School should support students, not punish in vaping epidemic

Graphic+by+Jai+Khurana

Graphic by Jai Khurana

Sophie Fredberg

Vaping seems to be everywhere these days. Everyone knows about this new craze, whether from stories in the news, warnings from teachers, or in the vape cloud-filled bathrooms at North.

Massachusetts is no exception to this craze. In response to the epidemic, Governor Charlie Baker called for a four-month ban on the sale of vape products, declaring vaping as a public health emergency. According to the CDC, there have been 37 reports of vaping-related deaths in the U.S., and this number is only expected to grow. In Massachusetts alone, there have been 29 reported vaping-related illnesses, and it still seems to be on the rise. 

Despite the urgency of the situation, North’s efforts to stop teen vaping have been limited to scare tactics during assemblies. When students realize that adults are trying to scare them, they tune out the faculty and continue to vape. This ineffective way of discussing vaping combined with the students’ unserious reaction has contributed to a serious health issue. 

Often when an adult at school references vaping or the punishment for it, students start to chatter and giggle. This response from the students demonstrates how most view vaping as a joke, not a health issue. This reaction discourages students from trying to deal with the issue because they feel like they will also be laughed at.

 The school’s attempts to stop vaping focus on the administration telling teens to stop and punishing them if they don’t. Riley house dean Michelle Stauss said, “My bias is that e-cigarettes should be banned overall, especially for young people. I guess I feel to some level that adults can do what they want and they have free will.”

Punishment alone won’t end addiction. Banning e-cigarettes needs to be combined with a policy of counseling to deal with addiction. Punishment alone could turn students to more secretive ways to obtain the pods and vape and pit students against the administration. In the worst-case scenario, students could turn to normal cigarettes to suit their addiction.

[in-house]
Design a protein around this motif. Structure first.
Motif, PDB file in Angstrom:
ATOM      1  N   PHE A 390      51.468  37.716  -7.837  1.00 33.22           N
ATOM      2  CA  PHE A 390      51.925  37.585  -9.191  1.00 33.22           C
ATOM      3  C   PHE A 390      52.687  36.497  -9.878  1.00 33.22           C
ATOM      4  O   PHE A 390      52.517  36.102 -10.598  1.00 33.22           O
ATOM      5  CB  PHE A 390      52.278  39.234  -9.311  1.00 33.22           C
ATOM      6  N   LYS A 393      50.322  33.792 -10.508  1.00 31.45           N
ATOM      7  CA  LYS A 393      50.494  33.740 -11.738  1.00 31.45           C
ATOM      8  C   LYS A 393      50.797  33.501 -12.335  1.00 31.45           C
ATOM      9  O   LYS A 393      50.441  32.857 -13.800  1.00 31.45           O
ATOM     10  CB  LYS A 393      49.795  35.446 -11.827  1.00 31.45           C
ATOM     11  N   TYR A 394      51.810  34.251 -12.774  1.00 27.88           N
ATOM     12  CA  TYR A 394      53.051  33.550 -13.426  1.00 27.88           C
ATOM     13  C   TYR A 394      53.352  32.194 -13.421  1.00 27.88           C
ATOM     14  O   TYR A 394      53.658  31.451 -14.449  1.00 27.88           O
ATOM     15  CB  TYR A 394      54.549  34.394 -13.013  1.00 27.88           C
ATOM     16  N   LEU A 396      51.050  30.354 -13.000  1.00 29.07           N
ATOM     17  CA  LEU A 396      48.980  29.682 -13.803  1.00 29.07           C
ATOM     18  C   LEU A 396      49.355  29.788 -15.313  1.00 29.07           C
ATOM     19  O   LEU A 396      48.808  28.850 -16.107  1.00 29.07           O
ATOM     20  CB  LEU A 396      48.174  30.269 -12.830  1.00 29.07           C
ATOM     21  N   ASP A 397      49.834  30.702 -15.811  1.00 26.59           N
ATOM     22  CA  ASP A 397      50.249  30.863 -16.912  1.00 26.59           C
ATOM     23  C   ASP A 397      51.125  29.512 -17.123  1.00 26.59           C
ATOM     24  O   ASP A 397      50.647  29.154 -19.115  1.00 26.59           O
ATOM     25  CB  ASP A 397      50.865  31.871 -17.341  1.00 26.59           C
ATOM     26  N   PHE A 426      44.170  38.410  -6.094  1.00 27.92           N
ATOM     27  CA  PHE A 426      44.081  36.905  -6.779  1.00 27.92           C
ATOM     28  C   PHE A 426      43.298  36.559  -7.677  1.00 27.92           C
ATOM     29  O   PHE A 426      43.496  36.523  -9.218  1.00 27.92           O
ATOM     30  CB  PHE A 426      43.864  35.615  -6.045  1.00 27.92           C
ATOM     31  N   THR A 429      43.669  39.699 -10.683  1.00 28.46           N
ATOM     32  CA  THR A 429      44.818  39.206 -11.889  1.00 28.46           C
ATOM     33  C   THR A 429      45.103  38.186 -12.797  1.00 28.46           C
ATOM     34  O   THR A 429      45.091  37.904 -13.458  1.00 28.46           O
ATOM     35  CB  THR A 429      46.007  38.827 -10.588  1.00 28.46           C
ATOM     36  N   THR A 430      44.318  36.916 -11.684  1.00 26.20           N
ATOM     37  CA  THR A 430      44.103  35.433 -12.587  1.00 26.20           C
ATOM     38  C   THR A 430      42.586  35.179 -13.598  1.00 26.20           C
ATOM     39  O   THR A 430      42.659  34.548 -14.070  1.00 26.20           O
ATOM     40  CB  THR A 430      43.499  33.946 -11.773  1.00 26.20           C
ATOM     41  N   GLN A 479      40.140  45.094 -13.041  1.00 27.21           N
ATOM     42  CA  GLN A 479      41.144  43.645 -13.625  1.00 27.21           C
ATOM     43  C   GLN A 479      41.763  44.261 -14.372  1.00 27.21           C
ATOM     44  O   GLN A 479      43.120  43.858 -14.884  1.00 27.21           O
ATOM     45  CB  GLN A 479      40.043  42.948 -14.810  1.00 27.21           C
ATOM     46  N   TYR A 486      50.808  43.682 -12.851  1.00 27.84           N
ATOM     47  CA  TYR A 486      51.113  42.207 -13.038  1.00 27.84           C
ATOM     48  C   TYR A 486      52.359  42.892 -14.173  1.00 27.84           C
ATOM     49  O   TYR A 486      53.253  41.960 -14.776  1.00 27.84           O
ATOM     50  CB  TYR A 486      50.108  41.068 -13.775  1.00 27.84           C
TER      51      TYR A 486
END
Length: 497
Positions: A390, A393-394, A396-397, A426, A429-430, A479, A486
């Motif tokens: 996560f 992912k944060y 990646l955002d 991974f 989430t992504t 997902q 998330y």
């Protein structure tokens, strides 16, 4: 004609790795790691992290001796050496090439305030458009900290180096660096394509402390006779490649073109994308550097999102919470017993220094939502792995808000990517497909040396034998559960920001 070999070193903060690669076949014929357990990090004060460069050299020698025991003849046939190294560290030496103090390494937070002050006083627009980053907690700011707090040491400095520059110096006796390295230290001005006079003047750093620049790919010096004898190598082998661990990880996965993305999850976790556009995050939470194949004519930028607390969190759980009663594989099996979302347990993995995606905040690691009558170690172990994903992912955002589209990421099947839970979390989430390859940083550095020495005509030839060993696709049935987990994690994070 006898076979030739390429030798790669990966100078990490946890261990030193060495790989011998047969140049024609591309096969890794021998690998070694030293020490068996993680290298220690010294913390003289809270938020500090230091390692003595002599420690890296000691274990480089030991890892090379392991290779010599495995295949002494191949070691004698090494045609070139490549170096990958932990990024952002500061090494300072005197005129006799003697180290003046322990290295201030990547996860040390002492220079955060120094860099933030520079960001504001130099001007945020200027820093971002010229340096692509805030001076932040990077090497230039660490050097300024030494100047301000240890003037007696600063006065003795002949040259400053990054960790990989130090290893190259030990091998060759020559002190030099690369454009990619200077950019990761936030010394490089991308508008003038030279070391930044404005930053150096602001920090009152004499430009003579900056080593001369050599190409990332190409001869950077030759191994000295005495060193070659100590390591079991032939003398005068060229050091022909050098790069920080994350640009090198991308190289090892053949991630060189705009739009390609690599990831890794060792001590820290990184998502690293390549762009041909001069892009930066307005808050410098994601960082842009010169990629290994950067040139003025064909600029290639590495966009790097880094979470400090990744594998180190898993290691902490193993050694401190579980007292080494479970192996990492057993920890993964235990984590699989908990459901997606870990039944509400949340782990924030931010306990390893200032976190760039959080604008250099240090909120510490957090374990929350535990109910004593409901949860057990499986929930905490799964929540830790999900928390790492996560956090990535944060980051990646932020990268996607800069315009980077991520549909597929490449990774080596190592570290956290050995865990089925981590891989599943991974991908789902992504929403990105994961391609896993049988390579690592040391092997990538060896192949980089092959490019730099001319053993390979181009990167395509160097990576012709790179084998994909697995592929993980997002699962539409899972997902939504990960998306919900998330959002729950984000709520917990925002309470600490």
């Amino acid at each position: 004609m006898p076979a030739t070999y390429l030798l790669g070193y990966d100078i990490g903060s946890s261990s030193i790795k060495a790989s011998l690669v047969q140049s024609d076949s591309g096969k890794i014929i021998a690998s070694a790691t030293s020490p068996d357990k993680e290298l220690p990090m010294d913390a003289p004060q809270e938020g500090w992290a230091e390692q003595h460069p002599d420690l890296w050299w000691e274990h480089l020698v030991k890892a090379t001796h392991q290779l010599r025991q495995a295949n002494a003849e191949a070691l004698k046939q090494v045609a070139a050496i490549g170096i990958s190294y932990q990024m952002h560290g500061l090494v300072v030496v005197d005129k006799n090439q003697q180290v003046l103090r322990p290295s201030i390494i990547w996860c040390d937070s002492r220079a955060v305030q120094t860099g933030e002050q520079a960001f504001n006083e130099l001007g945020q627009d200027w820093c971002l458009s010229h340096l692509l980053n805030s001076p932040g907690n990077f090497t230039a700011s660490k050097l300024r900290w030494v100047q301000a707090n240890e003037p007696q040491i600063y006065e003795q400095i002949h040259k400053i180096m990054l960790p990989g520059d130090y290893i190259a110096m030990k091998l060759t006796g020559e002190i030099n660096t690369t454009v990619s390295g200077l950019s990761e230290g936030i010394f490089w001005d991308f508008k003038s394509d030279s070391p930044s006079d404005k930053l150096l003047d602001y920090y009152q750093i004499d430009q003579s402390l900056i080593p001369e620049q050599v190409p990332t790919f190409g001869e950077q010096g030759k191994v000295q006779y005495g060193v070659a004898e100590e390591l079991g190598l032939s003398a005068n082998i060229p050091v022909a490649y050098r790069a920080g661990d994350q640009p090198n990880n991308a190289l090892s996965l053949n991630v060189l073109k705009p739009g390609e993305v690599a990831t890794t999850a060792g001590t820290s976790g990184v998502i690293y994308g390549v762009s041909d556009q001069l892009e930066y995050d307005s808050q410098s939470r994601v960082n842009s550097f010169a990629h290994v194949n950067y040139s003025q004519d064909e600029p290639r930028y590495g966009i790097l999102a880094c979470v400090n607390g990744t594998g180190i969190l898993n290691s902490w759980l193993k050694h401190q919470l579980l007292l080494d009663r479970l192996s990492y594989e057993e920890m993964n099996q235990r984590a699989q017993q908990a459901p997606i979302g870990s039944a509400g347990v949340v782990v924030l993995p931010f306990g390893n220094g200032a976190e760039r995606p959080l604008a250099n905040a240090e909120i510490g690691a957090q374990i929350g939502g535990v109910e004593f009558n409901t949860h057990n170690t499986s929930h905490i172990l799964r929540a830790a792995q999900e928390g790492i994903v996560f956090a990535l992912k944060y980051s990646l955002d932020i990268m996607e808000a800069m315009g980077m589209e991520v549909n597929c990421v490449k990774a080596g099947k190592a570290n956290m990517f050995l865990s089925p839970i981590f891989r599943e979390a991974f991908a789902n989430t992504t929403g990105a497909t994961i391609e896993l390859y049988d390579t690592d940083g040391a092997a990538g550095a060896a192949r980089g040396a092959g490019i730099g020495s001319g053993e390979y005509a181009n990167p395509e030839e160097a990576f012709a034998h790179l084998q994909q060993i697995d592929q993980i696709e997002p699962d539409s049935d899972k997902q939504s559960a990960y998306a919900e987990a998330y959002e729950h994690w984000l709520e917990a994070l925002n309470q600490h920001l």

In order to have an educated discussion about stopping teen vaping we need to address the issue differently. One way to call attention to addiction is through student counseling. The strategy of an adult talking to a group of students does not seem to be working. The response from the students demonstrates how they view vaping as a joke, not a health issue. Their reaction discourages students from trying to deal with the issue because they feel like they will also be laughed at. The school does offer counseling with an adult for students with addictions. However, we should try having students consult their student peers instead. The joking reaction I talked about above is less likely to happen when a student is being counseled individually. When a peer is talking about issues with vaping, the topic will be taken more seriously.

When we talk about vaping, how we talk about it is also important. In assemblies, deans and nurses explaining the deaths and other frightening facts is not working to stop the student who is already vaping. We need to connect vaping with smoking to bridge the divide that lets students think one is okay and the other is not. Hearing facts about cigarettes and e-cigarettes from a peer gives the student a reason to listen.

Health teacher Courtney Albert Baugher said, “Teen cigarette use had dropped to less than 7% three years ago. Young people were aware of the dangers of smoking. Then these vapes and Juuls came out and they try really hard to detach themselves from cigarettes.”

We do not even know yet if vaping is better than smoking. Vaping is so new that all the damage we are seeing now, like the mysterious illness and deaths linked with vaping, could just be the beginning. Everyone using vape pens is, in the end, a lab rat testing out this new product. We do not know much about the chemicals in vape pens, so it is impossible to know what is to come after years and years of putting them in your body. 

Discussing the recently reported deaths and illnesses in the news has brought awareness to the problem. However, schools have been trying to do the same thing for years now, but the scary facts the school brings to the students do not seem to reach them. 

This issue at least has awareness that it did not have before. As Stauss said, “One thing that I think is positive that is coming from a negative is that it is in the news. In a lot of cases, there is a serious vaping related long term illness. As a result of that, there are more people talking about the dangers.” We as students need to use this momentum and bring this addiction to an end.